Then they tried a bank but Jennings had a big mouth and was always boasting of his exploits and daring schemes so of course, everybody knew exactly who they were. When they arrived, they were quickly surrounded and forced to flee, once again empty handed. They went back to robbing trains…or at least trying.
On their third attempt at robbing a train they flagged down a passenger train and tried to blow up a couple of safes on board with dynamite. The safes remained unscathed, but the box car was instantly transformed into a flat bed. They did manage to rob the passengers of $300. However, they were soon caught. The gang members were sentenced to 5 years in prison, except for Al, who got a life sentence for robbery with intent to kill.
While Al was in prison he continued his bragging to the delight of fellow inmates. One was a man named William Sidney Porter, better known as O. Henry, later to become a noted author of favorite American short stories. O. Henry found a fertile ground for his writings in Jennings, which did much to polish his image as a famed outlaw. Jennings was released from prison in 1902 after being pardoned by President Theodore Roosevelt.
Jennings returned to his law practice in Oklahoma. But, he still desired to be famous. How does a lawyer and bungling train robber accomplish that? With his prowess at stretching the truth a mite…okay, he lied a lot, he ran for public office. He threw his hat in the ring for the position of county attorney in 1912. Although he lost the election he did win the nomination. Still seeking fame and glory he ran for Governor in 1914, but he lost that bid also.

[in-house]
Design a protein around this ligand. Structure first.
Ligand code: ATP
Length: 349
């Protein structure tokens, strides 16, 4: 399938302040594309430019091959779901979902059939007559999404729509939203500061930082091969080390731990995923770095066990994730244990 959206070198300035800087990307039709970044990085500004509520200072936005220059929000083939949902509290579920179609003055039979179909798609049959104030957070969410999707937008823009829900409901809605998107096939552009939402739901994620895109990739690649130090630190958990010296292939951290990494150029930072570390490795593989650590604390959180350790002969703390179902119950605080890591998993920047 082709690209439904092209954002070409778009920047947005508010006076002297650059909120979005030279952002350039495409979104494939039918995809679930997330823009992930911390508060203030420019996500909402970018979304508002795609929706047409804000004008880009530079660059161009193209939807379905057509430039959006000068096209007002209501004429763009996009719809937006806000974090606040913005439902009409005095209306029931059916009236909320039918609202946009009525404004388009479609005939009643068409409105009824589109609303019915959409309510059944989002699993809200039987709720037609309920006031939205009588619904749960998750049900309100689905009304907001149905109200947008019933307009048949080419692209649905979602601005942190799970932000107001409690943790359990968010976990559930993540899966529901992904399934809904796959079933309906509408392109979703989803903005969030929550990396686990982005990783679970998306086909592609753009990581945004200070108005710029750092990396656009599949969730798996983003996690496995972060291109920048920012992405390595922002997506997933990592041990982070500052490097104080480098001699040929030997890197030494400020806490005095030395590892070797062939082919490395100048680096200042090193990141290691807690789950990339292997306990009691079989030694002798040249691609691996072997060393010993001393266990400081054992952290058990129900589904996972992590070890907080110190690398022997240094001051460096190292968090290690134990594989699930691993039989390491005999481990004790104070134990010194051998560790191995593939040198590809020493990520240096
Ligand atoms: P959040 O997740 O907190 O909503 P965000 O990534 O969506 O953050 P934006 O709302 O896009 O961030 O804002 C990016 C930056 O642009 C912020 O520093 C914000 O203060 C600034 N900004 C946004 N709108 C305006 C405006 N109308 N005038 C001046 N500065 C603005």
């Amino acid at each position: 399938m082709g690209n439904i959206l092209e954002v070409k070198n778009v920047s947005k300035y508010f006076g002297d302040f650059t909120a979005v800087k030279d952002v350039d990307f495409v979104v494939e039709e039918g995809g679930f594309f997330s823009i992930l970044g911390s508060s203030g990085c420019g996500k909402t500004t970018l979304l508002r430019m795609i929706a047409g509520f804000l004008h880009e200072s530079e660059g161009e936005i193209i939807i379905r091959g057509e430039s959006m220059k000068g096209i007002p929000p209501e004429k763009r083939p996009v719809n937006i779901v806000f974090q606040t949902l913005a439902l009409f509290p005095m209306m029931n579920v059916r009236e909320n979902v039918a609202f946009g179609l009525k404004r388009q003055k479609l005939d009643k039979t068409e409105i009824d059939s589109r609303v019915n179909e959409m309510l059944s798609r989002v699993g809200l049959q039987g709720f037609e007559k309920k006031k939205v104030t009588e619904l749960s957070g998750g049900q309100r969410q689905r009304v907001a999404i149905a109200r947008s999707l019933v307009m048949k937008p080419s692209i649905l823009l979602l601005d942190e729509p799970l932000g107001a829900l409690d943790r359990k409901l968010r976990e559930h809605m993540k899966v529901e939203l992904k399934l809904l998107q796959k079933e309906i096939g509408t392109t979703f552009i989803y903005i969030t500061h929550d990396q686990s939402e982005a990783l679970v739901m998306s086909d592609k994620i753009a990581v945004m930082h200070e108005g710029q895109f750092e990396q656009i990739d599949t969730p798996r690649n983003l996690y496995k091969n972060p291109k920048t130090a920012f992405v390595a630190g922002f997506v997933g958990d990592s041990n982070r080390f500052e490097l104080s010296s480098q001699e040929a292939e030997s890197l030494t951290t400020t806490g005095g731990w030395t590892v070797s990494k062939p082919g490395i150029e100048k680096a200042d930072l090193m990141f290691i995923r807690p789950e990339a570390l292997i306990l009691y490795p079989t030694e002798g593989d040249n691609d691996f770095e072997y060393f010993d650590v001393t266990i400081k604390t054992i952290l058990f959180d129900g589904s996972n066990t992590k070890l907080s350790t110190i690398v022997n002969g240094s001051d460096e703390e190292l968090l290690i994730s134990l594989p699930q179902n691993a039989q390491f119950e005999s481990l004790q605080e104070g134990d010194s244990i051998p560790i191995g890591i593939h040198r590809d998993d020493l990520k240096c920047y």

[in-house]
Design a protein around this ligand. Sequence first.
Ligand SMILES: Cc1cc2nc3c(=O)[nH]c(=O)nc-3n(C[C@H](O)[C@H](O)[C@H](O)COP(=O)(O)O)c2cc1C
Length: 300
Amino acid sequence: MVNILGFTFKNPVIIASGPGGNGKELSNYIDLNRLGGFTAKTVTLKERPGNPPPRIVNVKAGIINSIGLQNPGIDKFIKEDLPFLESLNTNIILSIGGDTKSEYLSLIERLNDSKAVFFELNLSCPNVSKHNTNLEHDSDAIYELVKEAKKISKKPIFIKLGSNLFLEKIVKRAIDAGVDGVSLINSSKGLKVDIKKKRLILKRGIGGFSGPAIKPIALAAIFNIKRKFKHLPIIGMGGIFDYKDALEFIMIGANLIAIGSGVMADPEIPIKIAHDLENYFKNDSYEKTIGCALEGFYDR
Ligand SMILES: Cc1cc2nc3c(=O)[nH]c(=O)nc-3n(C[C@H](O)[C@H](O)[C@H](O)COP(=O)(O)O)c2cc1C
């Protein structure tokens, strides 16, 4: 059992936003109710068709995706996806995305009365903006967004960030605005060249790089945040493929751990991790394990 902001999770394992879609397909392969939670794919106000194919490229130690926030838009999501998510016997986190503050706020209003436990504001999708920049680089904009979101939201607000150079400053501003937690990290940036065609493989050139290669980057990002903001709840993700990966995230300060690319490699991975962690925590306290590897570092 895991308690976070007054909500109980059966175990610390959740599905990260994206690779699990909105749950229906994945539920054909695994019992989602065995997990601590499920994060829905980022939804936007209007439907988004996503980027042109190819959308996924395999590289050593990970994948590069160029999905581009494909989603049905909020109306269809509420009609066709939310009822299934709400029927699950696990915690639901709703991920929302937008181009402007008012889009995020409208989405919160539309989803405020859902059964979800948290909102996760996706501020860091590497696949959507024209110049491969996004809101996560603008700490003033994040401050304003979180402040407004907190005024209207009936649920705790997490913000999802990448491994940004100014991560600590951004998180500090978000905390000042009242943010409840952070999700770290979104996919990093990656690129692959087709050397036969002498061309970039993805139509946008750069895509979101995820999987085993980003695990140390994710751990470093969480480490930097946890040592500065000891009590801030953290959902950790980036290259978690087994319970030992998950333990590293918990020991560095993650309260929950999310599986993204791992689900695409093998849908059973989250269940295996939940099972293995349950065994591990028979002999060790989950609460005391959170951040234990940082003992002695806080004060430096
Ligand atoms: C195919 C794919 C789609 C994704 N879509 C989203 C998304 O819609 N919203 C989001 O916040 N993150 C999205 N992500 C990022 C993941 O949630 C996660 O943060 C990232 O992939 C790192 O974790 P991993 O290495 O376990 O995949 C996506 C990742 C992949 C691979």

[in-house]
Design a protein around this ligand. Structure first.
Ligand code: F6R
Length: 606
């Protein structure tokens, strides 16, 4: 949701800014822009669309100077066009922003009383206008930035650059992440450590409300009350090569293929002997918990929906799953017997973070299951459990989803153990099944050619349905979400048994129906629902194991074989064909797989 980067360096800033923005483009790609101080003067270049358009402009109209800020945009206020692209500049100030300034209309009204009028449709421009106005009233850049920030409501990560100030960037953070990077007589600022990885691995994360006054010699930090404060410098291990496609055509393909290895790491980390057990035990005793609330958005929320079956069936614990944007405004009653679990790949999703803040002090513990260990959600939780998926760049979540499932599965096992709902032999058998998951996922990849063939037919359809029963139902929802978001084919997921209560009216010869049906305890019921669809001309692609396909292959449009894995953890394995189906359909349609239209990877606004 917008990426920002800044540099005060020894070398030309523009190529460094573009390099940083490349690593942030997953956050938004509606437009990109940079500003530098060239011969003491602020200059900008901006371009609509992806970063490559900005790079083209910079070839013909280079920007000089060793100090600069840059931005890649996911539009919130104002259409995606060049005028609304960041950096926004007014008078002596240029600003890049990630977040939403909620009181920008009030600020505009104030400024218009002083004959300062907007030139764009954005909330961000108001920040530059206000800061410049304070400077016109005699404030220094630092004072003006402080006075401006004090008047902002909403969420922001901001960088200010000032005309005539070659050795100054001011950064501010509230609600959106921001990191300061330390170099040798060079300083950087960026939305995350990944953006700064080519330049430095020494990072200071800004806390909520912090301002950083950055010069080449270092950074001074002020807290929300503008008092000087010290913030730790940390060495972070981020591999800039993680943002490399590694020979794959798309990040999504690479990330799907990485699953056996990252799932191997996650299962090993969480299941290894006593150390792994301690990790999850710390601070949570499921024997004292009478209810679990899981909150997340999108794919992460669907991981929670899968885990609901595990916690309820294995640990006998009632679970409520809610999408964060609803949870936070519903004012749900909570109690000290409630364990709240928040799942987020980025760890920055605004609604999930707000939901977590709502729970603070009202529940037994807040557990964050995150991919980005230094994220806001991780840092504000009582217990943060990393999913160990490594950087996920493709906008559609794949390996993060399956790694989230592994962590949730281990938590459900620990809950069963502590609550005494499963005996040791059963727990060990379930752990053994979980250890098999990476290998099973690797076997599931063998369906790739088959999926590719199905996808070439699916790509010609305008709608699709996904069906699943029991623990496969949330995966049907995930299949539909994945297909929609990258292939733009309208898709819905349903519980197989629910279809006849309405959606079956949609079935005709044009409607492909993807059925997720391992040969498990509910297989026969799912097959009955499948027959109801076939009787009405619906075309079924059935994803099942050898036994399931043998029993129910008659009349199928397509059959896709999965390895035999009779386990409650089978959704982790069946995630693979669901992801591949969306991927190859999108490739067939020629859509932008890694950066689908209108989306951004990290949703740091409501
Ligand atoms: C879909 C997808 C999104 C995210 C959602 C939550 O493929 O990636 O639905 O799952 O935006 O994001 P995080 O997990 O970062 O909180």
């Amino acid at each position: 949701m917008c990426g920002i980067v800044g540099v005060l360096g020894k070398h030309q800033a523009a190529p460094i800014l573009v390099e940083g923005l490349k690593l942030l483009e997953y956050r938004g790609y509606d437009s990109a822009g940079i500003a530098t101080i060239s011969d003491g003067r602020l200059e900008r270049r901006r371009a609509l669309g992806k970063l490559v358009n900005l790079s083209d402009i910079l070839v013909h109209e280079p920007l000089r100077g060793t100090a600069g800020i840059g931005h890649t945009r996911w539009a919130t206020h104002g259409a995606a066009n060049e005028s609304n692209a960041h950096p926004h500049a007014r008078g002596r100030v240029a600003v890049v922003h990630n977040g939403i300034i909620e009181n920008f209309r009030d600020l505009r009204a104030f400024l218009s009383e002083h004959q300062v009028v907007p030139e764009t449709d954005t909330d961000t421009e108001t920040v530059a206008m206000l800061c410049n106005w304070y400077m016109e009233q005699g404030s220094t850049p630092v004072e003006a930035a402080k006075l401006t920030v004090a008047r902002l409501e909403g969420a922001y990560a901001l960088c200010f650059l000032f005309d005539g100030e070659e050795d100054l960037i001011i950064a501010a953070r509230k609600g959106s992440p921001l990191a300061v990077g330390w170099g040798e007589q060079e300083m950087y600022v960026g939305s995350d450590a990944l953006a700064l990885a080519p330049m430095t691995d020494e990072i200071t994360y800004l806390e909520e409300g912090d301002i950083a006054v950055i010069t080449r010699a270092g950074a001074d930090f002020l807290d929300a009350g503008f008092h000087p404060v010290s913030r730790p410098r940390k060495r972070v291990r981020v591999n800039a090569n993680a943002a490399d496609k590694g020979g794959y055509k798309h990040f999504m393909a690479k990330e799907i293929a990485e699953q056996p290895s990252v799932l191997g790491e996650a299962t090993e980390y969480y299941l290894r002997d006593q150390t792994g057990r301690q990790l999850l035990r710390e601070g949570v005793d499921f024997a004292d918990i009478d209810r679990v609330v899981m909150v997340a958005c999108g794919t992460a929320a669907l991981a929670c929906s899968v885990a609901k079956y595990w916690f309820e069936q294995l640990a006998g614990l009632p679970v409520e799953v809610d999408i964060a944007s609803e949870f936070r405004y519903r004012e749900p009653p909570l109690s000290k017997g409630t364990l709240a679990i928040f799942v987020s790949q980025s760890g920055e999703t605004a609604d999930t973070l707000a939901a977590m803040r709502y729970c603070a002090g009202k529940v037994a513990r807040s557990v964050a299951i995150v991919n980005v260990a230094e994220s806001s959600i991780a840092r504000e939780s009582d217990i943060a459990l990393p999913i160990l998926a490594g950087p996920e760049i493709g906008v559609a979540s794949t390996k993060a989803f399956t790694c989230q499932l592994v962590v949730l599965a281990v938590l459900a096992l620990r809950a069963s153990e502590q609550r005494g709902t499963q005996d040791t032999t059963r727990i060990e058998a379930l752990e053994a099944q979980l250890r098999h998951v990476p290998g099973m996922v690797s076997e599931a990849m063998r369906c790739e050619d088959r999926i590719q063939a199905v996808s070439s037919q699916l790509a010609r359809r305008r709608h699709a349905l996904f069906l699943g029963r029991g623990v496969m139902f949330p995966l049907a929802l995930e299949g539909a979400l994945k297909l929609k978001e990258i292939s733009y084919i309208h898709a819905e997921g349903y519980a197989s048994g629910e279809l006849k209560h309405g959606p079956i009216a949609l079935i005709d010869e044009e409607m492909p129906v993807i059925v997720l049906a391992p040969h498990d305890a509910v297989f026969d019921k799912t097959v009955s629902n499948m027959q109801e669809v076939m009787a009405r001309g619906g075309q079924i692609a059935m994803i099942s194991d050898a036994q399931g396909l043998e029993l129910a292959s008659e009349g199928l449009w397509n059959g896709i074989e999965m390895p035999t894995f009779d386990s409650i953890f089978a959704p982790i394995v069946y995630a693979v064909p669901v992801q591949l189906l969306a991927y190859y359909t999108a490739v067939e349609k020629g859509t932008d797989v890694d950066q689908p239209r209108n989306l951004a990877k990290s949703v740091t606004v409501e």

While in prison his old pal O. Henry had encouraged him to write so he went to Hollywood and ghost wrote several B class western movies, some supposedly based on his life and at least one starring himself. Of course, those portrayed him as being a dangerous, gun slinging desperado who was involved in over 20 gun fights. Perhaps, the only truth to any of his scripts was his name. Real outlaws like the Dalton Gang mocked Jennings as "the guy who held the horses" during bank robberies.
But, undaunted he stayed to work as a technical consultant, screenwriter and character actor in over 100 silent and early talkie westerns. Jennings eventually bought a ranch in the western end of the San Fernando Valley and raised chickens. He would sit on his front porch and reminisce about his “glory days.”
In 1945 he sued the producers of the "Lone Ranger" radio serial for defamation of character. He claimed the show had belittled his prowess as a gunman because in one episode the Lone Ranger had shot a gun out of his hand. Although the jury was amused he still lost the case. His autobiography, "Al Jennings of Oklahoma,” was filmed in 1951.
Jennings died at 98 years old in 1961 shortly after the passing of his beloved wife Maude.